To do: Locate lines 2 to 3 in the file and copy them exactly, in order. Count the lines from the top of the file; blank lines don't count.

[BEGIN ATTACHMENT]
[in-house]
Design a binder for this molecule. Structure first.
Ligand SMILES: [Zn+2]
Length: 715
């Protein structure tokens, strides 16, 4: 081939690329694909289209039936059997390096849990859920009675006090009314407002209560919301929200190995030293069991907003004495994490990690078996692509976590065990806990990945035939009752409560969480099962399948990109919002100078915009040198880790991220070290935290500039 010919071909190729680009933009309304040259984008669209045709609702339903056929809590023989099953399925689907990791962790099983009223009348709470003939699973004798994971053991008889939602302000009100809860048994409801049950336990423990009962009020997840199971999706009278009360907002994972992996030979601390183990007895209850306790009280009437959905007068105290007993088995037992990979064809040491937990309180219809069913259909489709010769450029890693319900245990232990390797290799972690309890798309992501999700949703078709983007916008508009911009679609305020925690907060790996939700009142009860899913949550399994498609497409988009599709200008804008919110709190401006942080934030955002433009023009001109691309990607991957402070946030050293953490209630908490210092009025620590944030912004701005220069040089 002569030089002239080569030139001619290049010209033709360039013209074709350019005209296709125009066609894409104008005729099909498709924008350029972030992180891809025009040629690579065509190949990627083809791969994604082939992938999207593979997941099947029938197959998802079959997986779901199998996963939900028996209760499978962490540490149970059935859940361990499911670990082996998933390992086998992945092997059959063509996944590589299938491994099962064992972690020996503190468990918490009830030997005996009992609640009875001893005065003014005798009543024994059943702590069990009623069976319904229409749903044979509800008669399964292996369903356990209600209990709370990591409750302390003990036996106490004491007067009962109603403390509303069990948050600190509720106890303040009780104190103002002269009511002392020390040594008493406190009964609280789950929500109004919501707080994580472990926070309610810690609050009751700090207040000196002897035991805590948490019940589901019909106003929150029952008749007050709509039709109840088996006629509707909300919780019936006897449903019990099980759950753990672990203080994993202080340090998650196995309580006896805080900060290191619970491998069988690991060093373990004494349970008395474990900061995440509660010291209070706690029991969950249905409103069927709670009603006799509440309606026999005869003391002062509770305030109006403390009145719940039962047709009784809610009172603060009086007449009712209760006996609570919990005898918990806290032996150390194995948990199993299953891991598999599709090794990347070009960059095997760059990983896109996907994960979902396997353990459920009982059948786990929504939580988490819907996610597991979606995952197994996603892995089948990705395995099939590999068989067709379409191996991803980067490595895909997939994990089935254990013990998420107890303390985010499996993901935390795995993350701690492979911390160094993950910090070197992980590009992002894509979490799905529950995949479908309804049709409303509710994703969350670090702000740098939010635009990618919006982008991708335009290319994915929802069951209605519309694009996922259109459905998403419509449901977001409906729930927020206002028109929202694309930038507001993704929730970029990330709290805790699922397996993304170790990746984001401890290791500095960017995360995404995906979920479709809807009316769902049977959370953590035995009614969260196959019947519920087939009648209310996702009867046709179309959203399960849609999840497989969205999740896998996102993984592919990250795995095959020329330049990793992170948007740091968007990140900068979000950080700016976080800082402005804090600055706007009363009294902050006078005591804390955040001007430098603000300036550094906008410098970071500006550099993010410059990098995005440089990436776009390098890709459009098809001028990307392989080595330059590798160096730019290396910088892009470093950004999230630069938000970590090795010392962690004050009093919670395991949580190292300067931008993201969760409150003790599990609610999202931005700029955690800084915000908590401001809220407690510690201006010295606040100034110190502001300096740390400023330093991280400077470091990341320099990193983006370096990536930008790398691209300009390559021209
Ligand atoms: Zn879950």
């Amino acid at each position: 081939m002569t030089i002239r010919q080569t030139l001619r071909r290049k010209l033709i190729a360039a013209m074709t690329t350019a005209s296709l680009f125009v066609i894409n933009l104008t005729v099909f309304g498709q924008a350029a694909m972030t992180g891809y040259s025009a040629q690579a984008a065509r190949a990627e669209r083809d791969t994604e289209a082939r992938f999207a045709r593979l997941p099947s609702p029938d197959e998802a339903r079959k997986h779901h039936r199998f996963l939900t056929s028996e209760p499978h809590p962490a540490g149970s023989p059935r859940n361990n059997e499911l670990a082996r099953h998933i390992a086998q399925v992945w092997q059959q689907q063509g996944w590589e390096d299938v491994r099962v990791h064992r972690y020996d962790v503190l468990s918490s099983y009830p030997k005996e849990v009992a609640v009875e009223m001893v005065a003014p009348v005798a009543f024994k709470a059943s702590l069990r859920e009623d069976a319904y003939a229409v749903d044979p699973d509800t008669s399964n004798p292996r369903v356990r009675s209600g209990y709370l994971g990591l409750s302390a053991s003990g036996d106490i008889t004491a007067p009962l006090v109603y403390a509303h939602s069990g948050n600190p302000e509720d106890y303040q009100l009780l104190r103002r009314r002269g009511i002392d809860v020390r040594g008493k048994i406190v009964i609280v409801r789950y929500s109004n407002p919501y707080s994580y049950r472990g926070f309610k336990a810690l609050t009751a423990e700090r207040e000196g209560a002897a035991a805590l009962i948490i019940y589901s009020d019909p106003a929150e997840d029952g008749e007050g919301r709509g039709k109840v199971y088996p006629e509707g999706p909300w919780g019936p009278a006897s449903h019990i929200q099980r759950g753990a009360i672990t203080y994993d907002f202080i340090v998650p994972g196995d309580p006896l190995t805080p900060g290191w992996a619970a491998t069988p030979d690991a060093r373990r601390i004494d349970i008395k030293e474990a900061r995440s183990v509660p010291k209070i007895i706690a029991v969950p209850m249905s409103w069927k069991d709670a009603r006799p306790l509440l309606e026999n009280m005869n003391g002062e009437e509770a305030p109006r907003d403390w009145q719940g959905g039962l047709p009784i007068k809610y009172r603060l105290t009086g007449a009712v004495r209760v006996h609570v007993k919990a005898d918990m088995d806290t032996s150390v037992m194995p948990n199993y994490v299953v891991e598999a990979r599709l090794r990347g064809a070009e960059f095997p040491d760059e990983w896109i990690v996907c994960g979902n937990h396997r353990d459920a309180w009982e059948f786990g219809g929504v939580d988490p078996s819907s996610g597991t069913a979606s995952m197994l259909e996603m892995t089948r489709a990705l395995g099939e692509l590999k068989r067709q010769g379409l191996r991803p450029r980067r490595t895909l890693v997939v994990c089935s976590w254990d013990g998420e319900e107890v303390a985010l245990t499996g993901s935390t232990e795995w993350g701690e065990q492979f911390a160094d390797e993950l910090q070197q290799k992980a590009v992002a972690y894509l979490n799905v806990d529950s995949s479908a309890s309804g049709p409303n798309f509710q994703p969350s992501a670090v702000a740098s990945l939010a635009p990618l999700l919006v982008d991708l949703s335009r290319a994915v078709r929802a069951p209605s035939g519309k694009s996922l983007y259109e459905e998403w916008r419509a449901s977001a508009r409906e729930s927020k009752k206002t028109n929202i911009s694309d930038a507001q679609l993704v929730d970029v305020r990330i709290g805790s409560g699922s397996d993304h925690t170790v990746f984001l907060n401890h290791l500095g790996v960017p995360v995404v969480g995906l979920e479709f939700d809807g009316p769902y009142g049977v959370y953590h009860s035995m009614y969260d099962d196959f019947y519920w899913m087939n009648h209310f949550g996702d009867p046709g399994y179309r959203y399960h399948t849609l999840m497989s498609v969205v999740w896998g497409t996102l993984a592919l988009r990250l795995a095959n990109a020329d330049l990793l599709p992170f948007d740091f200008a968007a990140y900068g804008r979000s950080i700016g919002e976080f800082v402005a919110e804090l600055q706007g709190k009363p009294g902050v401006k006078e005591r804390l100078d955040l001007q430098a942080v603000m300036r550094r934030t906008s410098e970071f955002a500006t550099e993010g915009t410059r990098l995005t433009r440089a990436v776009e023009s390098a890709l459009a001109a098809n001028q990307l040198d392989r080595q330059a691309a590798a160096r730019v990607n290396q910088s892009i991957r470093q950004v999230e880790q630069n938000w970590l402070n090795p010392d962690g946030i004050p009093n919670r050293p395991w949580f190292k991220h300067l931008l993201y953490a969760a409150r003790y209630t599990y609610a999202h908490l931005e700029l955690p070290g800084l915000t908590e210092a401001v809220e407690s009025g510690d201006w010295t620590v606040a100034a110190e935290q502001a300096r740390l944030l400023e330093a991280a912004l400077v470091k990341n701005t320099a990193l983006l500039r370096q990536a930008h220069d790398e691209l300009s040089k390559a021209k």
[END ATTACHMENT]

Design a binder for this molecule. Structure first.
Ligand SMILES: [Zn+2]